As only few patients have been reported, there are no definitive diagnostic criteria for diagnosis, and formulating a diagnosis of IFI syndrome can be difficult [4, 19,20,21]. Imaging may depict heterogeneous sclerosis of the lesser trochanter and the ischium. The anteroposterior radiograph and axial proton density images may show a reduced distance between the ischium and the lesser trochanter to 0.3 cm and 0.4 cm, respectively [11]. On T2W fat-suppressed MRI, hyperintense signal from quadratus femoris muscle secondary to impingement between the ischium and prominent lesser trochanter can be evidenced [11]. Lu et al. obtained similar ischiofemoral space measurements with ultrasonography [92.0% sensitivity and 68.4% specificity] and MRI [96.0% sensitivity and 84.2% specificity] [22].

Torriani et al. observed abnormal morphology of quadratus femoris muscle in 12 IFI syndrome patients with edema in 12 (100%), partial tears in 4 (33%), and fatty infiltration in 1 (8%) [7]. Tendinopathy of the myotendinous junction of the quadratus femoris and degenerative changes in the quadratus femoris muscle have been reported [2]. In 4 patients, O’Brien et al. reported fluid collection, with either edema or hemorrhage at the myotendinous junction of the quadratus femoris muscle (1 patient with a full-thickness muscle tear and 3 patients with a partial-thickness muscle tear) [23]. Based on the literature and their own experience, Torriani et al. gave inconclusive validity for the association between the narrowing of the ischium and the lesser trochanter with the abnormal morphology of quadratus femoris muscle [7]. Singer et al. reported that the cutoff for ischiofemoral space is ≤ 15 mm (sensitivity 77%, specificity 81%, accuracy 74%) and quadratus femoris space is ≤ 10 mm (sensitivity 79%, specificity 74%, accuracy 77%) in T1W axial sequence. The STIR/T2W sequence may demonstrate edema or tears of quadratus femoris, hamstrings, or iliopsoas muscles [24].

The differential diagnoses include lumbosacral radiculopathy, sciatica, femoroacetabular impingement (FAI), IFI, iliopsoas myositis, hamstrings and gluteus medius enthesopathy, piriformis syndrome, ankylosing spondylitis, and spinal stenosis; all have to be considered in patients with pain over the lower buttock radiating to the knee [25,26,27,28].

The optimal treatment strategy is unclear, but various treatment modalities have been attempted. Management of IFI syndrome ranges from conservative management in the form of rest, activity limitation, analgesics, physical therapy, CT/US-guided steroids, anesthetics, and prolotherapy into quadratus femoris muscle, and surgical management in the form of either open or endoscopic resection of the lesser trochanter, or ischioplasty [6, 13, 29,30,31,32]. Ali et al. treated IFI syndrome conservatively with excellent functional outcome [6]. Ultrasound-guided corticosteroid injections in the quadratus femoris muscle resulted in pain relief in 2 weeks [32]. Kim et al. reported excellent functional outcomes by ultrasound-guided injection of polydeoxyribonucleotide sodium in 2 patient, possibly from destruction of nerve fibers associated with pathological neovascularity, expression of VEGF, collagen production, and fibroblast proliferation [13].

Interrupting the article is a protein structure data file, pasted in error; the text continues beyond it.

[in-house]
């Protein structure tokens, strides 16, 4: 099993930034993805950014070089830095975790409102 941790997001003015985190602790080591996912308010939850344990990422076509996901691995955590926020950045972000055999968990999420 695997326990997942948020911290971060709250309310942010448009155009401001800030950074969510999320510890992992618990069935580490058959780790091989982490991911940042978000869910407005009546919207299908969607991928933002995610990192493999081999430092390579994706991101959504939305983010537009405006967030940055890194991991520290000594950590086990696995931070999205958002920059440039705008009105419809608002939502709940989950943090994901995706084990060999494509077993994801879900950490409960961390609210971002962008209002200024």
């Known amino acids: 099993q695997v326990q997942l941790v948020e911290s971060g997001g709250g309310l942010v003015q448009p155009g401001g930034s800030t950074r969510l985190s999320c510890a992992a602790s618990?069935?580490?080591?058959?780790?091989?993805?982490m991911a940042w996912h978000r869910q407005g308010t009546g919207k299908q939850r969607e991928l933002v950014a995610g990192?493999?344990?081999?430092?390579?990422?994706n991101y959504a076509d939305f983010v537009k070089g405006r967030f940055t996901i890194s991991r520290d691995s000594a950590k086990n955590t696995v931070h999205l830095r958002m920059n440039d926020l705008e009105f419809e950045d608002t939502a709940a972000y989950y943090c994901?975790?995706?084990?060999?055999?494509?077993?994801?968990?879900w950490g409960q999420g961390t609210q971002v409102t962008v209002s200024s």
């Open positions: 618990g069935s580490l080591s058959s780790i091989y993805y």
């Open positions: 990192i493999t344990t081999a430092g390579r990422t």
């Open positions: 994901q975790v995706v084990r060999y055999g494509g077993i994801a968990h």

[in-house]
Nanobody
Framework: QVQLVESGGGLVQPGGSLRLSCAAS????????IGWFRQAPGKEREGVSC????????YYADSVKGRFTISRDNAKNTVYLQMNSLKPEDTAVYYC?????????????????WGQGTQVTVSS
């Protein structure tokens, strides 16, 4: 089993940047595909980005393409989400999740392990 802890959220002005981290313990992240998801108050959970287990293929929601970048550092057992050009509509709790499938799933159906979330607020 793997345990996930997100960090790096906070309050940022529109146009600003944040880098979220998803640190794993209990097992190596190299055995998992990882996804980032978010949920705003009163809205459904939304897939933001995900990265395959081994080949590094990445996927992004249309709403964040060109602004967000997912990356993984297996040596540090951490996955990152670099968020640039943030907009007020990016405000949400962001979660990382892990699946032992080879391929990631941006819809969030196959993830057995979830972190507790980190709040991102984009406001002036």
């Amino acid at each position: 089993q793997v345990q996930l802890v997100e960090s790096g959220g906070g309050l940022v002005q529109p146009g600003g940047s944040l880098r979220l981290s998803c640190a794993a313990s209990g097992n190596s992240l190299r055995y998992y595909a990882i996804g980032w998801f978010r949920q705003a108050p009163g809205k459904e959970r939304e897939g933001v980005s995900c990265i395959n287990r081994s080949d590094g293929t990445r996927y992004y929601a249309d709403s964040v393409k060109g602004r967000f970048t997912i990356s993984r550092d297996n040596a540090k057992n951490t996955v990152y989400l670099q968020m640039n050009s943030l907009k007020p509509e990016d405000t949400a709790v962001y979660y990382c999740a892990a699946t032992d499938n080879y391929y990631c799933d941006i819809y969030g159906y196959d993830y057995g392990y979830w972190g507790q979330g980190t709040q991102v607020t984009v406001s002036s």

Surgery has been advocated after failure of conservative management. Johnson et al. described open resection of the lesser trochanter, and some orthopedic surgeon performed endoscopic resection of the lesser trochanter [3, 9, 33,34,35]. Truog et al. demonstrated a complete resolution of symptoms with an open ischioplasty 3 months postoperatively [31]. In our patient, endoscopic resection of the lesser trochanter resulted in total resolution of pain lasting for the whole duration of follow-up.


An unusual cause of hip pain, IFI syndrome, should be suspected when hip pain at the extremes of movement with the signal abnormality of the quadratus femoris muscle is noted at MRI. The treatment modalities employed in these cases have to be tailored to address the inciting factors that precipitated the IFI syndrome.

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MJ designed the study. MJ, JM, NM, NJ, AGP, and AG wrote the original draft. MJ, NM, and AG reviewed and edited the manuscript. AG supervised the study. All authors have read and agreed to the published version of the manuscript.

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Correspondence to Ashim Gupta.

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Jeyaraman, M., Murugan, J., Maffulli, N. et al. Ischiofemoral impingement syndrome: a case report and review of literature. J Orthop Surg Res 17, 393 (2022).